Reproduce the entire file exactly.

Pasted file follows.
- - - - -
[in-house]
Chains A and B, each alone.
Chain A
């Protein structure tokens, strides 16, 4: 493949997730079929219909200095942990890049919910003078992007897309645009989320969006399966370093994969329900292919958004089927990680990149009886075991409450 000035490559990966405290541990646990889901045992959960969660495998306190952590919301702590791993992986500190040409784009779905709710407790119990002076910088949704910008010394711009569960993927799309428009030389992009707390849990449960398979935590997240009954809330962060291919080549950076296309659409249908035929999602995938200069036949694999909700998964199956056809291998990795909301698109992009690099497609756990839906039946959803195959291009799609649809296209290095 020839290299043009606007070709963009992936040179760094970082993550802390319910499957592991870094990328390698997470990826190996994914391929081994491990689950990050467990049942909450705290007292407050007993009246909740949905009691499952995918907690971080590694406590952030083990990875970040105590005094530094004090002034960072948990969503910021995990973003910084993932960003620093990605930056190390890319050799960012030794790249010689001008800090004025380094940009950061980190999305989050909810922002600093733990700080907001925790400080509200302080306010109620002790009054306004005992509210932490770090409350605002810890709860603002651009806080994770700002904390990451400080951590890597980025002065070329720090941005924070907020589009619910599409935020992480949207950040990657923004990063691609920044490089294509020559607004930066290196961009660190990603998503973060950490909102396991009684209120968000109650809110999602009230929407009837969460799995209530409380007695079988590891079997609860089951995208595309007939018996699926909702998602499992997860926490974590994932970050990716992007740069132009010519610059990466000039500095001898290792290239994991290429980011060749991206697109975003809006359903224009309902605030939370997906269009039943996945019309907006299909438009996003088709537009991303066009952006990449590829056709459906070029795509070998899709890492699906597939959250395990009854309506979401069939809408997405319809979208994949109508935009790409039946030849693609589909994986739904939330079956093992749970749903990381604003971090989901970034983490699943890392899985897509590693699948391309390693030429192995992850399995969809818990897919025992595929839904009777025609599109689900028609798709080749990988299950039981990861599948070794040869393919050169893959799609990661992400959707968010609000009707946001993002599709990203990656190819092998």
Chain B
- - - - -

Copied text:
[in-house]
Chains A and B, each alone.
Chain A
């Protein structure tokens, strides 16, 4: 493949997730079929219909200095942990890049919910003078992007897309645009989320969006399966370093994969329900292919958004089927990680990149009886075991409450 000035490559990966405290541990646990889901045992959960969660495998306190952590919301702590791993992986500190040409784009779905709710407790119990002076910088949704910008010394711009569960993927799309428009030389992009707390849990449960398979935590997240009954809330962060291919080549950076296309659409249908035929999602995938200069036949694999909700998964199956056809291998990795909301698109992009690099497609756990839906039946959803195959291009799609649809296209290095 020839290299043009606007070709963009992936040179760094970082993550802390319910499957592991870094990328390698997470990826190996994914391929081994491990689950990050467990049942909450705290007292407050007993009246909740949905009691499952995918907690971080590694406590952030083990990875970040105590005094530094004090002034960072948990969503910021995990973003910084993932960003620093990605930056190390890319050799960012030794790249010689001008800090004025380094940009950061980190999305989050909810922002600093733990700080907001925790400080509200302080306010109620002790009054306004005992509210932490770090409350605002810890709860603002651009806080994770700002904390990451400080951590890597980025002065070329720090941005924070907020589009619910599409935020992480949207950040990657923004990063691609920044490089294509020559607004930066290196961009660190990603998503973060950490909102396991009684209120968000109650809110999602009230929407009837969460799995209530409380007695079988590891079997609860089951995208595309007939018996699926909702998602499992997860926490974590994932970050990716992007740069132009010519610059990466000039500095001898290792290239994991290429980011060749991206697109975003809006359903224009309902605030939370997906269009039943996945019309907006299909438009996003088709537009991303066009952006990449590829056709459906070029795509070998899709890492699906597939959250395990009854309506979401069939809408997405319809979208994949109508935009790409039946030849693609589909994986739904939330079956093992749970749903990381604003971090989901970034983490699943890392899985897509590693699948391309390693030429192995992850399995969809818990897919025992595929839904009777025609599109689900028609798709080749990988299950039981990861599948070794040869393919050169893959799609990661992400959707968010609000009707946001993002599709990203990656190819092998």
Chain B